Gardening requires lots of water – most of it in the form of perspiration.
There is a set of stairs at the back of the house dividing the sloped south facing yard into two terraced levels. This is how the beds on both sides of the stairs looked in April when we moved in. The post today is only about the left side, which is up against the foundation of the house and south facing, so it is hot and dry.
My first thoughts were that lavender and sedums would be perfect plants for this area. Once established (after next year) they wouldn’t require a lot of watering as both thrive in hot dryish areas with all day sun, and they would provide food for bees, hummingbirds and other pollinators.
The only plants in that bed, aside from weeds, was a vinca tangled up with a Euonymus. The bed is just shy of 3 feet wide and 10 feet long.
Vinca is a vining, far reaching ground cover that is very ineffective at smothering out weeds and it will have to be constantly cut back if it isn’t to interfere with the walkway. It’s out.
The Euonymus is, to my taste, an uninteresting shrub that can reach out 4-6 feet wide and even taller. In this location it too would have to be pruned annually once it reached its mature size. And it would block the view of the garden I planned to create on the other side of the walk. Out it goes too.
The bed was bordered with rocks on the stair edge, presumably to stop the dirt from spilling out onto the stairs. As you can see over time the lower rocks became buried and weren’t doing the job. Lastly, there was a makeshift retaining wall made of mis-matched blocks at the bottom of the bed which had collapsed. Sorry, I didn't get a good photo of that.
All cleared away, now I have a blank slate to work with. First in goes 3 lavenders. “Goodwin Creek” to be specific. I have grown this one before and it is a favorite of mine. I love the indented leaf shape and it puts up long willowy wands of blooms which create lovely movement in the breeze. It also had a longer bloom time in my previous garden than other lavenders. It is a lovely variety.
Along with the lavender, I added a broken portion of a Mexican pottery pot. I like using broken pots as a little interest, or whole pots turned on their side and angled just so. A little eye candy if you will.
After the lavenders are placed as the “bones” of the space, I filled in with sedums of many varieties from trailing types to hen’s and chicks types, all of which came with me from my previous garden. Sedums are incredibly easy to propagate. They will spread and fill in quickly.
As for the lost rocks edging the lowest steps, I pulled them up and re positioned them. I don’t really like rocks used that way but for now they will stay.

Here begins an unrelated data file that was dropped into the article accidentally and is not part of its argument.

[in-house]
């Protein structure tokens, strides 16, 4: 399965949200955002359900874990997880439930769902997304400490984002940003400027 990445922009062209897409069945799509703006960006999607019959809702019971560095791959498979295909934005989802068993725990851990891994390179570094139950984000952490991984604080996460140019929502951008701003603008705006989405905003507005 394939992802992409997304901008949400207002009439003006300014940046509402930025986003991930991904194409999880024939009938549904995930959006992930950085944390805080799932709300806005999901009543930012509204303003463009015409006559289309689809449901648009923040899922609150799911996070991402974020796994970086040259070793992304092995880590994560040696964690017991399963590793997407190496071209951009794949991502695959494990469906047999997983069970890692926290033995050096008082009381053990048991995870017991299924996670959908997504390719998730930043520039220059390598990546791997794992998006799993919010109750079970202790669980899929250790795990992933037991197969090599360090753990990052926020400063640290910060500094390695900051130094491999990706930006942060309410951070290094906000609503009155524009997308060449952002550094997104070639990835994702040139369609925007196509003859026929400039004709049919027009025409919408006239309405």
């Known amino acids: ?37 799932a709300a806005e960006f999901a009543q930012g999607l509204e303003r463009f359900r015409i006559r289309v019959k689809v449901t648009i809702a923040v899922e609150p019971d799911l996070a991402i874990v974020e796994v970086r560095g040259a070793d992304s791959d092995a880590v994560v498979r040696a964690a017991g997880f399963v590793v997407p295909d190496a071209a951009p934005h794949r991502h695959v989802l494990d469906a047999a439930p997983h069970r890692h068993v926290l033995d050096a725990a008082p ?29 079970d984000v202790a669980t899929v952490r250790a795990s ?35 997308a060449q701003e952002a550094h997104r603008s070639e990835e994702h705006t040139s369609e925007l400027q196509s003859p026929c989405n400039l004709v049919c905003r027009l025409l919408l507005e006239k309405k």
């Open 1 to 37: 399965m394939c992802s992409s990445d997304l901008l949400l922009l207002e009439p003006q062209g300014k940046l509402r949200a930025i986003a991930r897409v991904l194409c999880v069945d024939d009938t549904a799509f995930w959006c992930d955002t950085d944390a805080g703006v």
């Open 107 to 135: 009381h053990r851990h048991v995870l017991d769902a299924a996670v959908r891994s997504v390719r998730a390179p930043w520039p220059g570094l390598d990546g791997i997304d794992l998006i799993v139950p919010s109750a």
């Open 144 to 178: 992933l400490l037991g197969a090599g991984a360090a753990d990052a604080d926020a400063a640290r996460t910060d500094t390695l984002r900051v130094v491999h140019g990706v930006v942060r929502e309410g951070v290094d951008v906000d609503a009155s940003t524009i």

If all that isn’t exciting enough, now the icing on the cake happens! This is where my better half comes into his own. He is so creative and talented when it comes to hardscaping our garden spaces. He set about making a beautiful retaining wall to support the end of this bed. He used concrete blocks and capped them with flat stones. The blocks and stones had been left, stashed and buried in different places in this yard, by past owners.
First, he carved out the shape, and poured a footing in concrete.
Then cemented together blocks.
Then he ‘faced’ the blocks with a rough smear of mortar.
He adds color powder to the mortar to give an aged look to his stucco finish. New concrete dries bright whitish and isn’t particularly lovely. The new brightness can be distracting in the garden, I think. Concrete does darken over time but it takes years. He ‘ages’ it by darkening it with coloring agents so the new wall looks like it’s been there for a long time and it blends better in the garden. I love the rough look of a stucco finish. It transports me to Tuscany or south of the border.
Then he capped it all off with some slate or what ever this stone is. There were several pieces of this stone laying around, apparently left-overs from the construction of the patio some years ago. I am so glad to have them as they are just perfect to finish this wall.
So… what do you think? Coming along nicely, I think. In a year or two you won’t see much, if any, soil after these plants fill in. Covered soil means less weeds. Win Win.
In Bloom in my Garden Today: Rose, Sedum, Agastache, Geum, Fuchsia, Salvia, Verbena, Gladiolus, Mullen, Thyme, Oregano, Calendula, Yarrow, Dianthus, Germander, Cuphea,